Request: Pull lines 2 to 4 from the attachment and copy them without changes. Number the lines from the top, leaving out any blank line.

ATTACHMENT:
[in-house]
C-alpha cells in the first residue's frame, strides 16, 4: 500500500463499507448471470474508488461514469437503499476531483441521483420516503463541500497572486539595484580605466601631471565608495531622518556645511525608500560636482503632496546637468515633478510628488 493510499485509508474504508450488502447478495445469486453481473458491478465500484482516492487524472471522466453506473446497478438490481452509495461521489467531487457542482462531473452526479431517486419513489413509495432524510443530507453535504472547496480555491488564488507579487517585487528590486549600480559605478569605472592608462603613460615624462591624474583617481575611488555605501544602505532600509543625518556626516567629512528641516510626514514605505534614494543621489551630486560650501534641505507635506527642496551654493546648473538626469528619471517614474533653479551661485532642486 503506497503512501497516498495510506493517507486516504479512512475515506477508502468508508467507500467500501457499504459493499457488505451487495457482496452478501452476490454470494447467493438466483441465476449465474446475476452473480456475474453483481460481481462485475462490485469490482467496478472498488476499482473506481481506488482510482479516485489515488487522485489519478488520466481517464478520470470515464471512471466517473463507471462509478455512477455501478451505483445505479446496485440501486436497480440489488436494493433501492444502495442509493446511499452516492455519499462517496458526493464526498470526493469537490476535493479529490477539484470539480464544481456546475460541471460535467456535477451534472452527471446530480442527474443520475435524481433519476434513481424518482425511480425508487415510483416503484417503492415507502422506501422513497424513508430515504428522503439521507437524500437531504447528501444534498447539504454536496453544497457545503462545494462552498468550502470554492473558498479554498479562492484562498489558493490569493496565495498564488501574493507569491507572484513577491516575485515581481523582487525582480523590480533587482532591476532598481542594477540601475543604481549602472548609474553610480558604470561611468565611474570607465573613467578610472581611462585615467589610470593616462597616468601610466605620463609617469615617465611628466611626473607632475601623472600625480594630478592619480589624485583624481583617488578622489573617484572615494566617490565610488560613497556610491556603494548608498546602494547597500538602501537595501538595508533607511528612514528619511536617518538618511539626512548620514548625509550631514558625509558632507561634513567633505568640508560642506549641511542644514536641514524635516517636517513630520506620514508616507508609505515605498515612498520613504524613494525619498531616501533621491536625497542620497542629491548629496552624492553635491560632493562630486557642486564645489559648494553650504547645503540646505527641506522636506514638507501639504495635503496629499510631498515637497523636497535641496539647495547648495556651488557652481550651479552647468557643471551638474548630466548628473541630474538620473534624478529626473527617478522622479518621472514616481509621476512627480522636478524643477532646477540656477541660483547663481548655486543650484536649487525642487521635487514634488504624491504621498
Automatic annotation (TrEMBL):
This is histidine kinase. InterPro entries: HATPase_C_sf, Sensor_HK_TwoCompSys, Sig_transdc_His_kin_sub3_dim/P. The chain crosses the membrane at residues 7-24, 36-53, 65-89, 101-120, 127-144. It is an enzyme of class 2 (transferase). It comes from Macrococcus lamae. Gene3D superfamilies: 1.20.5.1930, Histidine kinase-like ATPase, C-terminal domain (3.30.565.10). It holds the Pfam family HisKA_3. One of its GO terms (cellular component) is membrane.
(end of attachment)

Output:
C-alpha cells in the first residue's frame, strides 16, 4: 500500500463499507448471470474508488461514469437503499476531483441521483420516503463541500497572486539595484580605466601631471565608495531622518556645511525608500560636482503632496546637468515633478510628488 493510499485509508474504508450488502447478495445469486453481473458491478465500484482516492487524472471522466453506473446497478438490481452509495461521489467531487457542482462531473452526479431517486419513489413509495432524510443530507453535504472547496480555491488564488507579487517585487528590486549600480559605478569605472592608462603613460615624462591624474583617481575611488555605501544602505532600509543625518556626516567629512528641516510626514514605505534614494543621489551630486560650501534641505507635506527642496551654493546648473538626469528619471517614474533653479551661485532642486 503506497503512501497516498495510506493517507486516504479512512475515506477508502468508508467507500467500501457499504459493499457488505451487495457482496452478501452476490454470494447467493438466483441465476449465474446475476452473480456475474453483481460481481462485475462490485469490482467496478472498488476499482473506481481506488482510482479516485489515488487522485489519478488520466481517464478520470470515464471512471466517473463507471462509478455512477455501478451505483445505479446496485440501486436497480440489488436494493433501492444502495442509493446511499452516492455519499462517496458526493464526498470526493469537490476535493479529490477539484470539480464544481456546475460541471460535467456535477451534472452527471446530480442527474443520475435524481433519476434513481424518482425511480425508487415510483416503484417503492415507502422506501422513497424513508430515504428522503439521507437524500437531504447528501444534498447539504454536496453544497457545503462545494462552498468550502470554492473558498479554498479562492484562498489558493490569493496565495498564488501574493507569491507572484513577491516575485515581481523582487525582480523590480533587482532591476532598481542594477540601475543604481549602472548609474553610480558604470561611468565611474570607465573613467578610472581611462585615467589610470593616462597616468601610466605620463609617469615617465611628466611626473607632475601623472600625480594630478592619480589624485583624481583617488578622489573617484572615494566617490565610488560613497556610491556603494548608498546602494547597500538602501537595501538595508533607511528612514528619511536617518538618511539626512548620514548625509550631514558625509558632507561634513567633505568640508560642506549641511542644514536641514524635516517636517513630520506620514508616507508609505515605498515612498520613504524613494525619498531616501533621491536625497542620497542629491548629496552624492553635491560632493562630486557642486564645489559648494553650504547645503540646505527641506522636506514638507501639504495635503496629499510631498515637497523636497535641496539647495547648495556651488557652481550651479552647468557643471551638474548630466548628473541630474538620473534624478529626473527617478522622479518621472514616481509621476512627480522636478524643477532646477540656477541660483547663481548655486543650484536649487525642487521635487514634488504624491504621498
Automatic annotation (TrEMBL):
This is histidine kinase. InterPro entries: HATPase_C_sf, Sensor_HK_TwoCompSys, Sig_transdc_His_kin_sub3_dim/P. The chain crosses the membrane at residues 7-24, 36-53, 65-89, 101-120, 127-144. It is an enzyme of class 2 (transferase). It comes from Macrococcus lamae. Gene3D superfamilies: 1.20.5.1930, Histidine kinase-like ATPase, C-terminal domain (3.30.565.10). It holds the Pfam family HisKA_3. One of its GO terms (cellular component) is membrane.